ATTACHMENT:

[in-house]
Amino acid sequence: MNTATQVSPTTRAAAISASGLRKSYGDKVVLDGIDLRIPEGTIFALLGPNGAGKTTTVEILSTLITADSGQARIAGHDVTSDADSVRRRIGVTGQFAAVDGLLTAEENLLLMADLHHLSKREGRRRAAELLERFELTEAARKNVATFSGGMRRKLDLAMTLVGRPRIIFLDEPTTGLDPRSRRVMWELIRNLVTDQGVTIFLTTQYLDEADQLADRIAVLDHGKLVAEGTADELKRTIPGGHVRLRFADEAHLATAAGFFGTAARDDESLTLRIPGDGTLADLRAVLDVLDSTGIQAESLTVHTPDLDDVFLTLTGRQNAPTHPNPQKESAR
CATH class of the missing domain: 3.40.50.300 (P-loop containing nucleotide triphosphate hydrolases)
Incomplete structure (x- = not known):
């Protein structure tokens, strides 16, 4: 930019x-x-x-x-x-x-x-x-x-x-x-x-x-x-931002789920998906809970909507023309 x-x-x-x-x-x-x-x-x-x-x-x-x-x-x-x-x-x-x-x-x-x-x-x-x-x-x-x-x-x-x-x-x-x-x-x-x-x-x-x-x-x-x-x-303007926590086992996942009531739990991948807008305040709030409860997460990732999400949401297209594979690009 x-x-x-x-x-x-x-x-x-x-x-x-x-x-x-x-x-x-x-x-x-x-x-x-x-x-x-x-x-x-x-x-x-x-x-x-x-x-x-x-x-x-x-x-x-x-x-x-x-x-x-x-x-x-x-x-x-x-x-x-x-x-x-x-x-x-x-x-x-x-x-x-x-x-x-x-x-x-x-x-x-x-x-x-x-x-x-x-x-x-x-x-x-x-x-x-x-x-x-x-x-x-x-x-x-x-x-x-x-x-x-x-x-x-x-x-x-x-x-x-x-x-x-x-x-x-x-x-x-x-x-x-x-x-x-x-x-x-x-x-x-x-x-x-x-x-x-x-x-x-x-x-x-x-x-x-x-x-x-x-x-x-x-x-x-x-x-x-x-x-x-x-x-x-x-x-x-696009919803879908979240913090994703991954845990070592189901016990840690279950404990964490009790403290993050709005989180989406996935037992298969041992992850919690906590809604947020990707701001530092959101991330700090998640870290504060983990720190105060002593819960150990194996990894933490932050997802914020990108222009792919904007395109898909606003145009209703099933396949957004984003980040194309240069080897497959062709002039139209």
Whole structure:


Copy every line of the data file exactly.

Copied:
[in-house]
Amino acid sequence: MNTATQVSPTTRAAAISASGLRKSYGDKVVLDGIDLRIPEGTIFALLGPNGAGKTTTVEILSTLITADSGQARIAGHDVTSDADSVRRRIGVTGQFAAVDGLLTAEENLLLMADLHHLSKREGRRRAAELLERFELTEAARKNVATFSGGMRRKLDLAMTLVGRPRIIFLDEPTTGLDPRSRRVMWELIRNLVTDQGVTIFLTTQYLDEADQLADRIAVLDHGKLVAEGTADELKRTIPGGHVRLRFADEAHLATAAGFFGTAARDDESLTLRIPGDGTLADLRAVLDVLDSTGIQAESLTVHTPDLDDVFLTLTGRQNAPTHPNPQKESAR
CATH class of the missing domain: 3.40.50.300 (P-loop containing nucleotide triphosphate hydrolases)
Incomplete structure (x- = not known):
């Protein structure tokens, strides 16, 4: 930019x-x-x-x-x-x-x-x-x-x-x-x-x-x-931002789920998906809970909507023309 x-x-x-x-x-x-x-x-x-x-x-x-x-x-x-x-x-x-x-x-x-x-x-x-x-x-x-x-x-x-x-x-x-x-x-x-x-x-x-x-x-x-x-x-303007926590086992996942009531739990991948807008305040709030409860997460990732999400949401297209594979690009 x-x-x-x-x-x-x-x-x-x-x-x-x-x-x-x-x-x-x-x-x-x-x-x-x-x-x-x-x-x-x-x-x-x-x-x-x-x-x-x-x-x-x-x-x-x-x-x-x-x-x-x-x-x-x-x-x-x-x-x-x-x-x-x-x-x-x-x-x-x-x-x-x-x-x-x-x-x-x-x-x-x-x-x-x-x-x-x-x-x-x-x-x-x-x-x-x-x-x-x-x-x-x-x-x-x-x-x-x-x-x-x-x-x-x-x-x-x-x-x-x-x-x-x-x-x-x-x-x-x-x-x-x-x-x-x-x-x-x-x-x-x-x-x-x-x-x-x-x-x-x-x-x-x-x-x-x-x-x-x-x-x-x-x-x-x-x-x-x-x-x-x-x-x-x-x-x-696009919803879908979240913090994703991954845990070592189901016990840690279950404990964490009790403290993050709005989180989406996935037992298969041992992850919690906590809604947020990707701001530092959101991330700090998640870290504060983990720190105060002593819960150990194996990894933490932050997802914020990108222009792919904007395109898909606003145009209703099933396949957004984003980040194309240069080897497959062709002039139209």
Whole structure: